Thursday, July 25, 2013

Is frivilous spending good for the economy?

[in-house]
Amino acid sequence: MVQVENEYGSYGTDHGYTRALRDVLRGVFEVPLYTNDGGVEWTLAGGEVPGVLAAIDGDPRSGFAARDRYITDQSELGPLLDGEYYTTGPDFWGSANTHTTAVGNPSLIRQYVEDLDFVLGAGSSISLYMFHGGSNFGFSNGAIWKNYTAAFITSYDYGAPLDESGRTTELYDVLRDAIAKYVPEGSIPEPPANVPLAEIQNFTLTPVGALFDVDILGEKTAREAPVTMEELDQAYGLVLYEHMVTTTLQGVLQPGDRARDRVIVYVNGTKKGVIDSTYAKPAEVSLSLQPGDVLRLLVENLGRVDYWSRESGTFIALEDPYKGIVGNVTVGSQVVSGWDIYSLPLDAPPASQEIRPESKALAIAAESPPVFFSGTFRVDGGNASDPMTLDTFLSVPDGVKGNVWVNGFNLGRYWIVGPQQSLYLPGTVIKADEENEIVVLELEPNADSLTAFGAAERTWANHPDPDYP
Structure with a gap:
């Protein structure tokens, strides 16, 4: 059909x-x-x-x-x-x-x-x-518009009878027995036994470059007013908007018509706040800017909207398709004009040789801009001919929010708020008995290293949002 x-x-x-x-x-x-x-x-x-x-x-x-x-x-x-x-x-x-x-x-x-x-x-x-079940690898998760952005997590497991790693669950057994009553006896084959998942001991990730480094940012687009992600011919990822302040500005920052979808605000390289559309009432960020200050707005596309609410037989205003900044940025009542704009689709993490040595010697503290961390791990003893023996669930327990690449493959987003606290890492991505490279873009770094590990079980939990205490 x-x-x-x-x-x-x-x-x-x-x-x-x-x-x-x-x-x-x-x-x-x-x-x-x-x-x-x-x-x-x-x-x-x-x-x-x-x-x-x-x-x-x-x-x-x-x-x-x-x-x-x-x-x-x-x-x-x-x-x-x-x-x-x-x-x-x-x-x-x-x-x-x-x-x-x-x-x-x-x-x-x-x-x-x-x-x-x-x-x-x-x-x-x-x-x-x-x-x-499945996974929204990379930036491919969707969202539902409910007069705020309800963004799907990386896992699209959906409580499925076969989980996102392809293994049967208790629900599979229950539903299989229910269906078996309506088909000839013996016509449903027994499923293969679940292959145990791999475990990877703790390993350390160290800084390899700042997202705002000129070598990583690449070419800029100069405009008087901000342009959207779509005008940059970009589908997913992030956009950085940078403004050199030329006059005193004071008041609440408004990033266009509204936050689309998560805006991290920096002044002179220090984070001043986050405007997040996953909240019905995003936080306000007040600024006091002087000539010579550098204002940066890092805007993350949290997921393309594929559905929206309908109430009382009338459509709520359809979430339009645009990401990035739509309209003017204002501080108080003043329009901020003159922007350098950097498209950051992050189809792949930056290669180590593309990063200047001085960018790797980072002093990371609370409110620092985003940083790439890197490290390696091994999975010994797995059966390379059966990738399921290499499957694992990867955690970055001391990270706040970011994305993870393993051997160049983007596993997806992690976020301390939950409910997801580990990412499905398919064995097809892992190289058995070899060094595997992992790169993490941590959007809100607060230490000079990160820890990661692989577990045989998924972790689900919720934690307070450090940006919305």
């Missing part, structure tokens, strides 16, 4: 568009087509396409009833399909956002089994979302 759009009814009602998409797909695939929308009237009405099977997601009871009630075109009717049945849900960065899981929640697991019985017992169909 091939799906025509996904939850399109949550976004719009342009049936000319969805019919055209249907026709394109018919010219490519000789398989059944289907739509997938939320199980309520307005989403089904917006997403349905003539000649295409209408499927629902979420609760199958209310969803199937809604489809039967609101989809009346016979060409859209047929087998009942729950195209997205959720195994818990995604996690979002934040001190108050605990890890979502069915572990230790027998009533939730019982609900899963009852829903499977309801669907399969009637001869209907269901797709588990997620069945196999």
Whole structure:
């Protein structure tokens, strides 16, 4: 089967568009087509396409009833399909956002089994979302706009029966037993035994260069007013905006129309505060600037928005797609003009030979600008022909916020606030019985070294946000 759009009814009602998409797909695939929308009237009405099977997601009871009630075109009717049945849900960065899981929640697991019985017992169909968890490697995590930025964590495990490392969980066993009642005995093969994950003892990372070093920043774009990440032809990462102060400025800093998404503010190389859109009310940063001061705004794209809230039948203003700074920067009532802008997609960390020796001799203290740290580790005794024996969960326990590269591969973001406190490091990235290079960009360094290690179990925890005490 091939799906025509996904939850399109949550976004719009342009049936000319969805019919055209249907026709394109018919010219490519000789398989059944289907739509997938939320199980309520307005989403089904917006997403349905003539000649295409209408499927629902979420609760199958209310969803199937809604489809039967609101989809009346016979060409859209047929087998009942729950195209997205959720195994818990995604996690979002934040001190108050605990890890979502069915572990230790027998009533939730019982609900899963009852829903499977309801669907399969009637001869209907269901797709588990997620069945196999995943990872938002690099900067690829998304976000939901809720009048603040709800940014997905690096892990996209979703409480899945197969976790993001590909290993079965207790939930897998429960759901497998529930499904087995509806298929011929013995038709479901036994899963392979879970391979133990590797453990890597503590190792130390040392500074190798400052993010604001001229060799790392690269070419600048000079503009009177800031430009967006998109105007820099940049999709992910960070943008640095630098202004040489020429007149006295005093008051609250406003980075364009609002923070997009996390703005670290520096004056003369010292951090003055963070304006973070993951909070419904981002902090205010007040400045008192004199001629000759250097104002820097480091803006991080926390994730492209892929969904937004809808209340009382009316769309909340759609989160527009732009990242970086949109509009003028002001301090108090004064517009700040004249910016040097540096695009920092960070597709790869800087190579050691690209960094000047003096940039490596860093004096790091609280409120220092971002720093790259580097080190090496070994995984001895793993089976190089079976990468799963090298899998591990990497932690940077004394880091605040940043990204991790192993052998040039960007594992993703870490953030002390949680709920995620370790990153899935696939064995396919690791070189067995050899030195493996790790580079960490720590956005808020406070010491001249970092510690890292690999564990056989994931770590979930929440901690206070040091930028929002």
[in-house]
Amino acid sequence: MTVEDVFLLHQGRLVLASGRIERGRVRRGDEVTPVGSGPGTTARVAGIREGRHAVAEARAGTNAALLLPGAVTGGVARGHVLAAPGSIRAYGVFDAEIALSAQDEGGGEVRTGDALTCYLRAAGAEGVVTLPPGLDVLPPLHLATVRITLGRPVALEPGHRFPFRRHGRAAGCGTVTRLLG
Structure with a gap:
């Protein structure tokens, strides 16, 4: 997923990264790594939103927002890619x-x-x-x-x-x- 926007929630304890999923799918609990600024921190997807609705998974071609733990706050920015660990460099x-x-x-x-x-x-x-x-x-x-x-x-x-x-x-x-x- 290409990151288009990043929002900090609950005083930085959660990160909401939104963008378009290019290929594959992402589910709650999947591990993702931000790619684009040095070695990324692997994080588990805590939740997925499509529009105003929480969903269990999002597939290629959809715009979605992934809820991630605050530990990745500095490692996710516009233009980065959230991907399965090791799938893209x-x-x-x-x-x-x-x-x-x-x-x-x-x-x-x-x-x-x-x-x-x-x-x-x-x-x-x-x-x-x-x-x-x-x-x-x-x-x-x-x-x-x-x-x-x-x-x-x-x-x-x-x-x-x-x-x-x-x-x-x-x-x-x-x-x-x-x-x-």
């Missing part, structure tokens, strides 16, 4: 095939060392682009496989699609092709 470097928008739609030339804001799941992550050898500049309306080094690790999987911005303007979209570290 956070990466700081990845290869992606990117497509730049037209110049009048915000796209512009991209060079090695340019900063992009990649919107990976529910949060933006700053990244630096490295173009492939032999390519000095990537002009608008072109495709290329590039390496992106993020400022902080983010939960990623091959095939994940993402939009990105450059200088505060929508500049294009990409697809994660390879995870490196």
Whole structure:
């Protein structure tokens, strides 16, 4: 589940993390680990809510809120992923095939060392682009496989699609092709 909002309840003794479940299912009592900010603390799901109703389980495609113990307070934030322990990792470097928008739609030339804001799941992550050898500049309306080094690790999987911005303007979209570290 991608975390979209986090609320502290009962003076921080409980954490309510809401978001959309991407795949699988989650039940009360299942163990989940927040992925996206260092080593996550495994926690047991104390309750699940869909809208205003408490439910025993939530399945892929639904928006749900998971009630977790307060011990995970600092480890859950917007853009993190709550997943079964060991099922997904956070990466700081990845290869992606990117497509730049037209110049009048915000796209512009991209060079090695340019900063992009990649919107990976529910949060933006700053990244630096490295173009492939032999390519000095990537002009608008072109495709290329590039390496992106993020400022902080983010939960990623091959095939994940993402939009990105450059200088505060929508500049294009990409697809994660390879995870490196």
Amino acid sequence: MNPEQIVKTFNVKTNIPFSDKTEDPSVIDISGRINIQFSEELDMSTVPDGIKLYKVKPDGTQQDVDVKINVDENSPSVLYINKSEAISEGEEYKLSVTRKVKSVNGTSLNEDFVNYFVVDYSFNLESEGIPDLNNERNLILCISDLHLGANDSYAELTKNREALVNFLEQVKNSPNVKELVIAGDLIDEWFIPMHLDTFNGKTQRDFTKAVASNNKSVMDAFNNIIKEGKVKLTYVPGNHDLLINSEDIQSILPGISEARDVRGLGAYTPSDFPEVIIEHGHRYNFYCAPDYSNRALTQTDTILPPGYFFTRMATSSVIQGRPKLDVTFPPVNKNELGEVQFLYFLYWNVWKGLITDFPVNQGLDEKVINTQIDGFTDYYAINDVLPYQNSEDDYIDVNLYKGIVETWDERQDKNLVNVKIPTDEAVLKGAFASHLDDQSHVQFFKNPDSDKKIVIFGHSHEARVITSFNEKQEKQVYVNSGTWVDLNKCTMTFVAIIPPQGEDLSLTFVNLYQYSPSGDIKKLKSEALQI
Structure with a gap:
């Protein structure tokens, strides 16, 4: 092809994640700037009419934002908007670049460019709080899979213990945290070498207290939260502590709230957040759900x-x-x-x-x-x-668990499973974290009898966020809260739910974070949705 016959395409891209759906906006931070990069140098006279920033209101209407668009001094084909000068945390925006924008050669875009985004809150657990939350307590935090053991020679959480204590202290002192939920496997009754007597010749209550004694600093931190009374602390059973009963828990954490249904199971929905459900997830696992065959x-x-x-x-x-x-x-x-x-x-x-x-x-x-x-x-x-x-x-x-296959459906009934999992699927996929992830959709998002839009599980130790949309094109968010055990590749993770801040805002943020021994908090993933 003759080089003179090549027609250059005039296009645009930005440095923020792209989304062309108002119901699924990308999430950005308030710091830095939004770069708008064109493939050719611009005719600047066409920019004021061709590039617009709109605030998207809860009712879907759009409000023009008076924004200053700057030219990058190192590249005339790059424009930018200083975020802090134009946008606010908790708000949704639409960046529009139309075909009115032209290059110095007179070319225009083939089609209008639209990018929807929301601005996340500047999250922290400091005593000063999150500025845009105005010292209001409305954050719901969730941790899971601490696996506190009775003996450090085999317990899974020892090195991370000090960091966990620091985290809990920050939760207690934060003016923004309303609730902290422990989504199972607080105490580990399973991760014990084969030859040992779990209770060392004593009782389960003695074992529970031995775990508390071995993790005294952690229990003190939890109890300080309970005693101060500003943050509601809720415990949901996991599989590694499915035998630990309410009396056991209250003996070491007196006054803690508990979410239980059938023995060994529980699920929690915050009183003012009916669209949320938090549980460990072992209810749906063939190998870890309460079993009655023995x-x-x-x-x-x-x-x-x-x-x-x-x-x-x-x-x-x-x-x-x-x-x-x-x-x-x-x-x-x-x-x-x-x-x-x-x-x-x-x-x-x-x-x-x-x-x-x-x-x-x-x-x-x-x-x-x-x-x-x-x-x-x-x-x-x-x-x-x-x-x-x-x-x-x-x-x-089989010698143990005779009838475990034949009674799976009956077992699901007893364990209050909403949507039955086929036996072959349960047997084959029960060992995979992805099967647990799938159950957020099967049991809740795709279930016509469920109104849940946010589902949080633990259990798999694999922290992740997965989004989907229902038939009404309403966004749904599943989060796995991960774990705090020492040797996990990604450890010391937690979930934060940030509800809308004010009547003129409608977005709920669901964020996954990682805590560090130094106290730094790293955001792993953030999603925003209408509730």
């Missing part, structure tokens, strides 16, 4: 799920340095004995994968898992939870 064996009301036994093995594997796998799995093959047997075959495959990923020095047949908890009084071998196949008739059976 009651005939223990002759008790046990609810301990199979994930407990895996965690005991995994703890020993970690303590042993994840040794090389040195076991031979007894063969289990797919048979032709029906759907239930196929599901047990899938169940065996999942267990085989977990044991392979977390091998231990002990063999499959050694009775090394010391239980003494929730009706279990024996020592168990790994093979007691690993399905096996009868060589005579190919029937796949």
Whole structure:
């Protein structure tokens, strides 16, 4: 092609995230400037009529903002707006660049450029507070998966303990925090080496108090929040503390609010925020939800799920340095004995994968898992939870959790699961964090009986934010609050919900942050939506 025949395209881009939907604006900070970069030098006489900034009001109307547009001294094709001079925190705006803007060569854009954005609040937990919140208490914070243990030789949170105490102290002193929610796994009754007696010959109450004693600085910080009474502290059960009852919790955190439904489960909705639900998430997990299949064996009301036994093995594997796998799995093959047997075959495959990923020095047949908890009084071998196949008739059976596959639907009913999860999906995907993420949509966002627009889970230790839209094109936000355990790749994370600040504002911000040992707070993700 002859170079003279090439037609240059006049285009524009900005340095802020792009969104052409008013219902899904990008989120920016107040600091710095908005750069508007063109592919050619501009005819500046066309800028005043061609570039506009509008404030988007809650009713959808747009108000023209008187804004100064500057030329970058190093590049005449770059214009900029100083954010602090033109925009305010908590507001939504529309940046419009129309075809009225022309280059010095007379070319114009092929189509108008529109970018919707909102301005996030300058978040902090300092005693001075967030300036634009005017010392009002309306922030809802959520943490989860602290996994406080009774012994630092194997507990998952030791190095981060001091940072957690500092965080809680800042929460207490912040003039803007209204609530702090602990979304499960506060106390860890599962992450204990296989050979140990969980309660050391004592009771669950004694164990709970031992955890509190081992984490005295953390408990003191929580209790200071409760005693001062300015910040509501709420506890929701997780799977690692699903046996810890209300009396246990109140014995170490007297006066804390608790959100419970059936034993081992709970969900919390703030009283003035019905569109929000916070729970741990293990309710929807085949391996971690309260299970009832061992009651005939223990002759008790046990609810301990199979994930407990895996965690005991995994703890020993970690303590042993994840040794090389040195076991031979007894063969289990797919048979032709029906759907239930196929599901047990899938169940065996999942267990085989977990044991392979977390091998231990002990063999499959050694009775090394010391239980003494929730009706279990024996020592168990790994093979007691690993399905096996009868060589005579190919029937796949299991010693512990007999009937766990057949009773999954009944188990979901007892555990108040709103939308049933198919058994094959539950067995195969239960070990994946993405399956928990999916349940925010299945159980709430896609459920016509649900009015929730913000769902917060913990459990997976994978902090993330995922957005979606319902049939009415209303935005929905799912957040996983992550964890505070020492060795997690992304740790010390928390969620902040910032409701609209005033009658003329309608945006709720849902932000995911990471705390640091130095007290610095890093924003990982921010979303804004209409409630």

Basically it comes down to how you define that vague concept of a 'good economy', if you define it as sheer material/monetary throughput in a particular day or month, then it is hard to argue that indiscriminate consumption isn't good for the "economy". But I tend to define a "good economy" as in terms of the health, happiness, and longevity of the people within that economy. And I think that politicians, advertisers, and economists (perhaps not economists), and the people who pay attention to them and are influenced by them, implicitly hold a definition of a "good economy" that is similar to my definition. When politicians (or whoever) promise to "stimulate" the economy, what they mean (or at least what I think most people take them to mean) is that they will cause people to produce more stuff and exchange more money and therefore quality of life will increase. If they only meant the first part without the second part, that is: "production will increase but quality of life will stay the same or decrease", then there would be no reason to elect them to office, follow their advice, or pay any attention to them because what they would essentially be saying is "I promise you will work harder but not be any happier." And there would be nothing "good" about that kind of an economy. So when people talk about "stimulating" the economy, I'm sure they do mean "causing people to produce more stuff and exchange more money," but there is a widespread assumption (a kind of cultural myth) that more production/consumption/money_exchange (regardless of what exactly is being produced and consumed) leads to a higher quality of life. But on examination, that assumption is revealed to be totally false, in fact it matters a great deal what is being produced/consumed, and how much time is being spent to produce it. In a truly "good" economy, we'd all work very few hours, enough to produce whatever food and technology we need to be happy and healthy, and spend the rest of our time doing whatever we enjoy, which I think for many people would not include making things or handing money around (there is a counter argument that could be made here, contending that excess leisure time would mean wasted potential, i.e. that people could be spending their time improving medical technology etc. instead of just taking it easy, but that argument would still have to agree with the main point I'm making here, which is that producing and consuming "frivolous" consumer goods is bad for everyone). To determine whether a particular product or service is frivolous, you only have to ask yourself one question "would I be any less happy/healthy/long-lived if I had just given that person my money in exchange for nothing rather than in exchange for whatever they had to spend time producing?" In light of the above discussion, it can be seen that the other person would be better off had they not had to waste their time producing stuff for you, so if you would be not be proportionately worse off without the item, then you have just spent frivolously and not helped anyone at all (notably, nearly all government military spending falls into this category, but that's another discussion entirely...), not even the economy.